Document one shows that a woman in India should be taken care of by the men in her life; her father cares for her as a child, her husband while she is a wife, and her sons as an elder. Even though women are to be honored and taken care of, they are still involved in a patriarchal society and do not have much independence. For the men, this is very important in dharma, as it is essential to take care of your wife if you wish to become closer to unity with the divine essence. Even so, compared to a woman 's place in China, Indian women are better appreciated and relied on for emotional support and to look after the household. Of course, this document is from a man 's point of view, so the women are considered inferior and they must be protected, “even against the slightest provocations”. As can be seen, one of the types of social inequalities is between males and females, due to India being a patriarchal society.
In document two, we are shown how a Buddhist nun appreciates being free from patriarchal control. Unlike what was shown in document one, that a woman did not have freedom, a Buddhist nun can be independent. She is not obliged to take all of her time to clean or cook for her family, nor tend to her husband 's children. Taking this free time to weave sunshades, she can think about how fortunate she is to be autonomous. A woman had written this poem, and from it we can learn th...
... middle of paper ...
...ys be aware if there is anything he needs to do for “the welfare of all folk”, so he would never be seen as an uncaring ruler. He also had this document written so that his proceeding sons and grandsons can follow the same path. During about 257 B.C., Ashoka converted to Buddhism. (Yet another example that Buddhism isn 't to be disregarded!)
The feelings that Kalidasa evokes in this excerpt of the poem, The Seasons, are longing for better times, for things lost and gone, or sadness over pain and struggles. A few examples of the expression of these feelings are “the vines, remembering summer, shiver”, “to live through all that pain”, and “as lonely women who have missed known love, now lost and gone”. As you near the end of the poem, the thoughts begin to be happier, saying to not let it affect you and take what good you can from it, to “forget sad thoughts forlorn”.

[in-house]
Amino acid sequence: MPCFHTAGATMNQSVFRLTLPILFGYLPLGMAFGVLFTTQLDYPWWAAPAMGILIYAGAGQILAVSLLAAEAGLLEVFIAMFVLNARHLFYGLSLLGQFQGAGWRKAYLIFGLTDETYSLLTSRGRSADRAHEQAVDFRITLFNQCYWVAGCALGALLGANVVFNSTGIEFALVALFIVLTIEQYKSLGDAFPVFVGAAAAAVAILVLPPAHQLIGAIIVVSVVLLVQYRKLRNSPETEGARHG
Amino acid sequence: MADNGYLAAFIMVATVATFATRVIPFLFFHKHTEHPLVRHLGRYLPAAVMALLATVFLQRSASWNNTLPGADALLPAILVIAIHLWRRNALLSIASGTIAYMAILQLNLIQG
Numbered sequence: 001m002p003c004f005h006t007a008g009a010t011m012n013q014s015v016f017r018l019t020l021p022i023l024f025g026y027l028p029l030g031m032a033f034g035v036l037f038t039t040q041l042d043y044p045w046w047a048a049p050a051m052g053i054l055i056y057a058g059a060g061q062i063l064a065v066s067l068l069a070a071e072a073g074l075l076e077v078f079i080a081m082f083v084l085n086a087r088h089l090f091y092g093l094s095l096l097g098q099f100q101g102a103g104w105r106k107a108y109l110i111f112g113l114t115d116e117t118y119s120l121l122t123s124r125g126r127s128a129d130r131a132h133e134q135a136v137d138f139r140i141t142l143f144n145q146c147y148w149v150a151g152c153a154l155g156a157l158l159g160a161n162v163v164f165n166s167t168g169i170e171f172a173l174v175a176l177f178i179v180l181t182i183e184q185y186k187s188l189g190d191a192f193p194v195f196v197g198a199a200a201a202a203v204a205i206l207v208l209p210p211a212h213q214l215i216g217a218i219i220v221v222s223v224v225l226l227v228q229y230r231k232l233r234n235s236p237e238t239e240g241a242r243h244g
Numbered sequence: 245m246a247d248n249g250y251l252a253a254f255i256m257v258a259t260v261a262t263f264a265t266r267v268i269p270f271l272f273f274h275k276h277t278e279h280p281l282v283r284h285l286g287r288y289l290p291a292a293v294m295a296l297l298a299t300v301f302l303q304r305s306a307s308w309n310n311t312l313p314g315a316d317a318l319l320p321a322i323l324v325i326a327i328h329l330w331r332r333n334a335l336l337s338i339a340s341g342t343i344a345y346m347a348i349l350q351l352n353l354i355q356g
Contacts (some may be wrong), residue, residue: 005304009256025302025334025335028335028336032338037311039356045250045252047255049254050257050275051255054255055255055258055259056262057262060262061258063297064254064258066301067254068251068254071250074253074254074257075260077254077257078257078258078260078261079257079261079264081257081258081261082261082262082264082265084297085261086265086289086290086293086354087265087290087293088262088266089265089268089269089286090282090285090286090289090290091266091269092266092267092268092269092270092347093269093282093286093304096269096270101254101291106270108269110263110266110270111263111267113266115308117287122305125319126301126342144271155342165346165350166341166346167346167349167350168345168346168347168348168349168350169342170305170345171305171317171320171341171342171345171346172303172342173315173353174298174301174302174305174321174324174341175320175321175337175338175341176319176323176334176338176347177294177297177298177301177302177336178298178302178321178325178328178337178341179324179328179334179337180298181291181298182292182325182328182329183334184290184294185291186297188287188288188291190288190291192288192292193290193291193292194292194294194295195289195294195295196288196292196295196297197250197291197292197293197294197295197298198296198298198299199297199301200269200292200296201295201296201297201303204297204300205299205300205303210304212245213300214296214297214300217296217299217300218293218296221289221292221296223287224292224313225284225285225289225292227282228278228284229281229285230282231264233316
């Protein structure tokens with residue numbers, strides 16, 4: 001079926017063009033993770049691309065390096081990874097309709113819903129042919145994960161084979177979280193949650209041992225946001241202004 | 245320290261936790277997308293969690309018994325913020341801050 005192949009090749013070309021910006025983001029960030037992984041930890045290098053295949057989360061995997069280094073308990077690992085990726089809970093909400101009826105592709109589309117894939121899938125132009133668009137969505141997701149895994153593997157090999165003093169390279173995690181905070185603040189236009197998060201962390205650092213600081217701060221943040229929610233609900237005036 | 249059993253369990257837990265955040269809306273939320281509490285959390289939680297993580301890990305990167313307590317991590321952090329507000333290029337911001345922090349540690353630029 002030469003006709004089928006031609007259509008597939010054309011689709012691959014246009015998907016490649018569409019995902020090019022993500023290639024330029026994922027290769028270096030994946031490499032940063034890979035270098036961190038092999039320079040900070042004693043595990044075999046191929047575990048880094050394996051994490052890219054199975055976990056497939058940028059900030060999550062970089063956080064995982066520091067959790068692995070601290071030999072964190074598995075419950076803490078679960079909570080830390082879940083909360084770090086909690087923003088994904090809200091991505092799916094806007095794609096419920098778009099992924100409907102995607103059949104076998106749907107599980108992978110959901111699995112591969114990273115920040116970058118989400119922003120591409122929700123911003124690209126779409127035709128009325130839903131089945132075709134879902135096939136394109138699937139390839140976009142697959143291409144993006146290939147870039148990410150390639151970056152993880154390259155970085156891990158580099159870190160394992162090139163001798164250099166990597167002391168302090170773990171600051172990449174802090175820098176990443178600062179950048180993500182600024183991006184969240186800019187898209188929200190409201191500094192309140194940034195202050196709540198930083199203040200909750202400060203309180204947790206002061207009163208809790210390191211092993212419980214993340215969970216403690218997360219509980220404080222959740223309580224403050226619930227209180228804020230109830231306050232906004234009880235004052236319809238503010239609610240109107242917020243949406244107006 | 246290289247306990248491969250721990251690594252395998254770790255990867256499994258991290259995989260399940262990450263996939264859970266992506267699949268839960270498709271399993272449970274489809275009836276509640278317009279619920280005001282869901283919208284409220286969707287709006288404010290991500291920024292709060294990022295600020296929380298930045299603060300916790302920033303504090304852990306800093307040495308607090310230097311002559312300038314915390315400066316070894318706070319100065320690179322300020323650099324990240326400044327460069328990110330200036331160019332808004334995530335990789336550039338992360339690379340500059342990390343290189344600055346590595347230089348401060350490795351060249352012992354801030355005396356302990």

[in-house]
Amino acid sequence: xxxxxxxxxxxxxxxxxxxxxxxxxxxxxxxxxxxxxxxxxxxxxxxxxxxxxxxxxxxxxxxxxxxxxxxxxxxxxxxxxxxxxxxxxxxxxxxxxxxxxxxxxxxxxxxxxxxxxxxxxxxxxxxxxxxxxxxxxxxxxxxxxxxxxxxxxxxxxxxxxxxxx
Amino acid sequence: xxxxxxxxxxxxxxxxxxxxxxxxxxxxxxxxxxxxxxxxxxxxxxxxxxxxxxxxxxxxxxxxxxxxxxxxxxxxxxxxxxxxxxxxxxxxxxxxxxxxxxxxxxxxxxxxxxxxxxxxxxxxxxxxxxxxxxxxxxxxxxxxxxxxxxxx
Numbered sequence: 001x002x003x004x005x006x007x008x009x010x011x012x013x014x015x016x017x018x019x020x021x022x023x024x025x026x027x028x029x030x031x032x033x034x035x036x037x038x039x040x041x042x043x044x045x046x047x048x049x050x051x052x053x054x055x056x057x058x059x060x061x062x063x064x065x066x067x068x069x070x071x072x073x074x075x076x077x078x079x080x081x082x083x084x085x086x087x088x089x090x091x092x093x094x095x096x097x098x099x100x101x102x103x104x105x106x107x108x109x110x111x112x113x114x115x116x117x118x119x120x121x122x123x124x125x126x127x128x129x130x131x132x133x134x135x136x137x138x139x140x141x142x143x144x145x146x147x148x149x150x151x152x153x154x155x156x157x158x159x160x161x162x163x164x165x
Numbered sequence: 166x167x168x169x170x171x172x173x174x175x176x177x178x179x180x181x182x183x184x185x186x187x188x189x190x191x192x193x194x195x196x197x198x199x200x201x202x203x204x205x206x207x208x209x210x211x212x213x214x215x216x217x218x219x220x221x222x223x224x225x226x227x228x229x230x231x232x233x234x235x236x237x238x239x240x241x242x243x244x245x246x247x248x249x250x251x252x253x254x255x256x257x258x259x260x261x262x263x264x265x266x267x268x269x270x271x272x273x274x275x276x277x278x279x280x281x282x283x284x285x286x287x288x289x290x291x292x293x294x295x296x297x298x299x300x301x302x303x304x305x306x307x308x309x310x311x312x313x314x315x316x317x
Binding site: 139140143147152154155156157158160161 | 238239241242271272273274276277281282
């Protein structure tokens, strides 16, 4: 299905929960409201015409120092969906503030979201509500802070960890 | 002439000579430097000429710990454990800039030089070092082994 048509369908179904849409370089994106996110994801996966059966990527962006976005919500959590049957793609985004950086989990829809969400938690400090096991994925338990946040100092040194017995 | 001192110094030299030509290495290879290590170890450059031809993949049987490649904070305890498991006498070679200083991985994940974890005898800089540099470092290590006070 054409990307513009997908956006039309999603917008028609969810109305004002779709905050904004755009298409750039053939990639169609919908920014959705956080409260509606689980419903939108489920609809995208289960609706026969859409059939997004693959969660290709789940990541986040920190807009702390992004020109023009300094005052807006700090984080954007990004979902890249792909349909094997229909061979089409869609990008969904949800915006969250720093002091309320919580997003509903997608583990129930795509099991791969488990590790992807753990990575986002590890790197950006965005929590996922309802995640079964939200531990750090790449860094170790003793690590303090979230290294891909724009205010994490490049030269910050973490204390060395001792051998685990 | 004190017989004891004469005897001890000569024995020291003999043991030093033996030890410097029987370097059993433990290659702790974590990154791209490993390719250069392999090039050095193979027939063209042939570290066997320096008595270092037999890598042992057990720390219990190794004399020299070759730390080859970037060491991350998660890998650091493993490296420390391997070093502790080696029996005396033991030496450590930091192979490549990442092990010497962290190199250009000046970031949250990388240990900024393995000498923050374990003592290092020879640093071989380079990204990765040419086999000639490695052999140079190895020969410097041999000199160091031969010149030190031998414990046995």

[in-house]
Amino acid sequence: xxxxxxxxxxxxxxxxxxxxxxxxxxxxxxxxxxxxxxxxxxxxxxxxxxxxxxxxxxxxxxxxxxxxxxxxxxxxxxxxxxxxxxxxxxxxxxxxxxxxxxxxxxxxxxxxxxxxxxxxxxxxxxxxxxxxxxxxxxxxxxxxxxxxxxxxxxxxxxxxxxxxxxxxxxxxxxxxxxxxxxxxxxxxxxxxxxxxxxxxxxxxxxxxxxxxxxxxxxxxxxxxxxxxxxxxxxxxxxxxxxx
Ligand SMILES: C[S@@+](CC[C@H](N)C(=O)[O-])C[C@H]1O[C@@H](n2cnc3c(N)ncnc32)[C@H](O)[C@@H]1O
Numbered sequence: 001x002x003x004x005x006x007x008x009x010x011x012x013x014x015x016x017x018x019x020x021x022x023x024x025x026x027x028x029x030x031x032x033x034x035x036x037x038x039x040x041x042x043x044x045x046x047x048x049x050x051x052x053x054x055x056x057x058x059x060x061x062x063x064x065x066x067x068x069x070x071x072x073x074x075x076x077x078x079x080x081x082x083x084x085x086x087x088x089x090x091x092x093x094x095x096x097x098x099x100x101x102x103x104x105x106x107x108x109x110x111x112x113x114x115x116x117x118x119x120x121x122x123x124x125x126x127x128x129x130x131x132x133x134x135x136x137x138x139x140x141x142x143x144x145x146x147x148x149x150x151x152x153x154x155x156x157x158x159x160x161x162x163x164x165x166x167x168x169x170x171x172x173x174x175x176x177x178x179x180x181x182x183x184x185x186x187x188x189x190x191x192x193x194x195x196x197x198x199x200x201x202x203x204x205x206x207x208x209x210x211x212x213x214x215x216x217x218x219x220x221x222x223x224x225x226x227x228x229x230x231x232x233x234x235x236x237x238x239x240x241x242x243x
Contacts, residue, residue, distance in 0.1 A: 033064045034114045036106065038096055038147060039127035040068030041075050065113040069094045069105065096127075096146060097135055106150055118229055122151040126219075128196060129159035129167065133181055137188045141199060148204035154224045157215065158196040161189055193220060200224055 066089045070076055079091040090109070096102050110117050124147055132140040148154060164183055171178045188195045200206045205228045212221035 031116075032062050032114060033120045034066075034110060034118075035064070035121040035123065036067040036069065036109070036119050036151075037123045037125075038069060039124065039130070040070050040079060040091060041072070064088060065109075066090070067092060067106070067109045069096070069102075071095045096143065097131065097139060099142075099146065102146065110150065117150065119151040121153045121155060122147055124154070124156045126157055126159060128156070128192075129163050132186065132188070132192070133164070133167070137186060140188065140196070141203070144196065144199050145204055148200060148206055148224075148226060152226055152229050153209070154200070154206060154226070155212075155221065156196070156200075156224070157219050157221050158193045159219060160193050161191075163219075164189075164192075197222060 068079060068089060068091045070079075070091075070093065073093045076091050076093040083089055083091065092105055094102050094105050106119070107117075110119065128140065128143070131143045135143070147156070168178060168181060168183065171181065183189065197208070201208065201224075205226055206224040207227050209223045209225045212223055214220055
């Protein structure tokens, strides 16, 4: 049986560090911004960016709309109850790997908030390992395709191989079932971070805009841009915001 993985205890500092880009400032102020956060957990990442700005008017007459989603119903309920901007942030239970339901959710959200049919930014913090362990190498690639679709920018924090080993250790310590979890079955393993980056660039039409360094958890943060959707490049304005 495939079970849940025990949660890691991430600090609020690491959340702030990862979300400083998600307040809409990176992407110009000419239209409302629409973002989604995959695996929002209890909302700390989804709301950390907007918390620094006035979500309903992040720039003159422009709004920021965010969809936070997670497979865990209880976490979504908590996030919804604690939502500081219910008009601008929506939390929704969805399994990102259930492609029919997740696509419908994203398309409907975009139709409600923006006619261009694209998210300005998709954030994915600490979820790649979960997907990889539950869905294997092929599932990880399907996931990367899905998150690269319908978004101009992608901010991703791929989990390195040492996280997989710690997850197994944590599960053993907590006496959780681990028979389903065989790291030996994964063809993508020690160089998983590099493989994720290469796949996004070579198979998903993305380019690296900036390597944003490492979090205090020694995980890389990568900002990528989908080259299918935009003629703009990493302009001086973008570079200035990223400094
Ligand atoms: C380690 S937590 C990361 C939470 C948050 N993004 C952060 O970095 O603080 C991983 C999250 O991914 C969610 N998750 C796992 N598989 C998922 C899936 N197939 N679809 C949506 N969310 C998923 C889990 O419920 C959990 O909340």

Need Writing Help?
Get feedback on grammar, clarity, concision and logic instantly.Check your paper »
- Positioned across two separate, immediate islands, Malaysia has always been primed for a strong foreign influence through rich international trade. The influences of Hindu India, Christian Europe, and the Islamic Middle East, converged to create a diverse populous. However, Malaysia's exposure also granted vulnerability and eventual colonialism under multiple countries, most notably Great Britain. Through Britain's tenure, Western and Eastern ideology and design fused together to bring fourth major changes that would forever leave a distinctive mark on Malaysian history, design, and culture.... [tags: architecture, modern mosques]
1475 words (4.2 pages)
- This human life is believed to have evolved with difficulty after millions of birth. While on the other hand, the theory of “Karma” states that this birth and deaths are the results of one’s own action, and this human form is a unique opportunity to come out of this continuous circle of birth and death. With this life we are gifted with the power of “free will”. It suggests that unlike other animals we being the supreme organisms on the planet not only have the power to control nature, but also possess the capacity to use the free will.... [tags: indian tradition, free will, sanskrit]
1007 words (2.9 pages)
- Mahābhārata has always been the dominant cultural text of Ancient Bhāratavarṣa to stir the imagination of different ages. In this article, I venture to study the interpretation of Mahābhārata and the Woman of Mahābhārata during Colonial Rule, with the intention to understand the dialogic process between a colonized culture and colonizer culture. As such, in this paper, with reference to Kunti’s portrayal in Romesh Chunder Dutt’s (1848-1909) Mahābhārata re-telling, I propose to study the Construction/Re-Construction and Fashioning/Re-Fashioning of the Woman of Mahābhārata in Colonial India in English Re-tellings.... [tags: colonized culture, Kunti, colonial rule]
2466 words (7 pages)